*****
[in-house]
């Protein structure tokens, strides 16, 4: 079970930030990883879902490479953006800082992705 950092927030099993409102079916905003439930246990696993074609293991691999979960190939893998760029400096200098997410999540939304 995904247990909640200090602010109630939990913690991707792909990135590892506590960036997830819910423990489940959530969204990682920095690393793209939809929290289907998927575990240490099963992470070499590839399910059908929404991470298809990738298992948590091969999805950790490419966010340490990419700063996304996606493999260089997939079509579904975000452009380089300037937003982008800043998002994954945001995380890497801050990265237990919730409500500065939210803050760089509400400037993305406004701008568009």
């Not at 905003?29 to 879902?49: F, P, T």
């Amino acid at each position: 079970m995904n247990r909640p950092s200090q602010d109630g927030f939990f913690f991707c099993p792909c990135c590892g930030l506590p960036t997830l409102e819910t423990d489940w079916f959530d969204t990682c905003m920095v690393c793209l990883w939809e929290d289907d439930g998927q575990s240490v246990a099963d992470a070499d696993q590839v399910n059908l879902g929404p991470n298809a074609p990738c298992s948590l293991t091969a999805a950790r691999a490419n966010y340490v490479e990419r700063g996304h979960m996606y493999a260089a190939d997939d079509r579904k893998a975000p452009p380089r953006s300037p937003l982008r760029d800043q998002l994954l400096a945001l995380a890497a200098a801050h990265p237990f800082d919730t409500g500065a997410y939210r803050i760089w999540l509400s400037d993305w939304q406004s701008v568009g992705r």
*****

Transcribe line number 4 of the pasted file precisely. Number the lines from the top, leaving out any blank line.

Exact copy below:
């Amino acid at each position: 079970m995904n247990r909640p950092s200090q602010d109630g927030f939990f913690f991707c099993p792909c990135c590892g930030l506590p960036t997830l409102e819910t423990d489940w079916f959530d969204t990682c905003m920095v690393c793209l990883w939809e929290d289907d439930g998927q575990s240490v246990a099963d992470a070499d696993q590839v399910n059908l879902g929404p991470n298809a074609p990738c298992s948590l293991t091969a999805a950790r691999a490419n966010y340490v490479e990419r700063g996304h979960m996606y493999a260089a190939d997939d079509r579904k893998a975000p452009p380089r953006s300037p937003l982008r760029d800043q998002l994954l400096a945001l995380a890497a200098a801050h990265p237990f800082d919730t409500g500065a997410y939210r803050i760089w999540l509400s400037d993305w939304q406004s701008v568009g992705r």